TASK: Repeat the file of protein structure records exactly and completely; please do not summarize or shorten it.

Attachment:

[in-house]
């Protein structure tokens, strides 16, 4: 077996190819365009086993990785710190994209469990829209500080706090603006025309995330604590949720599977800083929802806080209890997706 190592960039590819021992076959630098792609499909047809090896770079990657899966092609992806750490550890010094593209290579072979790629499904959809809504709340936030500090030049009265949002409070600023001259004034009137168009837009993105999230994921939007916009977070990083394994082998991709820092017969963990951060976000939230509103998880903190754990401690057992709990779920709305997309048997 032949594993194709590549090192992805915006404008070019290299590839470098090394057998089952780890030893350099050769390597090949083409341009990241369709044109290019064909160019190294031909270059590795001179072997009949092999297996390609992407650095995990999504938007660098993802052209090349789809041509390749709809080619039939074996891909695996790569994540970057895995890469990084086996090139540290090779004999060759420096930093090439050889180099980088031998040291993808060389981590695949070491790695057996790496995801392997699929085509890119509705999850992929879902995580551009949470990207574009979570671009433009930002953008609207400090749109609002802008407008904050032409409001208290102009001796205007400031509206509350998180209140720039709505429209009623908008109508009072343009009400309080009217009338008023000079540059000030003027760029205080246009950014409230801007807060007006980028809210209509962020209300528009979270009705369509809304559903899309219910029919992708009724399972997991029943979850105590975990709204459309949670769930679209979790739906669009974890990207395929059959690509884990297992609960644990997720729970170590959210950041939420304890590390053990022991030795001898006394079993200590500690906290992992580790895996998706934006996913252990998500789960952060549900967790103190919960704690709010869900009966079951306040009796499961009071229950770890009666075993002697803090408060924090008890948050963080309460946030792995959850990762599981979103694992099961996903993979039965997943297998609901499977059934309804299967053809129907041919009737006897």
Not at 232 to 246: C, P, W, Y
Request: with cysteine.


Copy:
[in-house]
């Protein structure tokens, strides 16, 4: 077996190819365009086993990785710190994209469990829209500080706090603006025309995330604590949720599977800083929802806080209890997706 190592960039590819021992076959630098792609499909047809090896770079990657899966092609992806750490550890010094593209290579072979790629499904959809809504709340936030500090030049009265949002409070600023001259004034009137168009837009993105999230994921939007916009977070990083394994082998991709820092017969963990951060976000939230509103998880903190754990401690057992709990779920709305997309048997 032949594993194709590549090192992805915006404008070019290299590839470098090394057998089952780890030893350099050769390597090949083409341009990241369709044109290019064909160019190294031909270059590795001179072997009949092999297996390609992407650095995990999504938007660098993802052209090349789809041509390749709809080619039939074996891909695996790569994540970057895995890469990084086996090139540290090779004999060759420096930093090439050889180099980088031998040291993808060389981590695949070491790695057996790496995801392997699929085509890119509705999850992929879902995580551009949470990207574009979570671009433009930002953008609207400090749109609002802008407008904050032409409001208290102009001796205007400031509206509350998180209140720039709505429209009623908008109508009072343009009400309080009217009338008023000079540059000030003027760029205080246009950014409230801007807060007006980028809210209509962020209300528009979270009705369509809304559903899309219910029919992708009724399972997991029943979850105590975990709204459309949670769930679209979790739906669009974890990207395929059959690509884990297992609960644990997720729970170590959210950041939420304890590390053990022991030795001898006394079993200590500690906290992992580790895996998706934006996913252990998500789960952060549900967790103190919960704690709010869900009966079951306040009796499961009071229950770890009666075993002697803090408060924090008890948050963080309460946030792995959850990762599981979103694992099961996903993979039965997943297998609901499977059934309804299967053809129907041919009737006897």
Not at 232 to 246: C, P, W, Y
Request: with cysteine.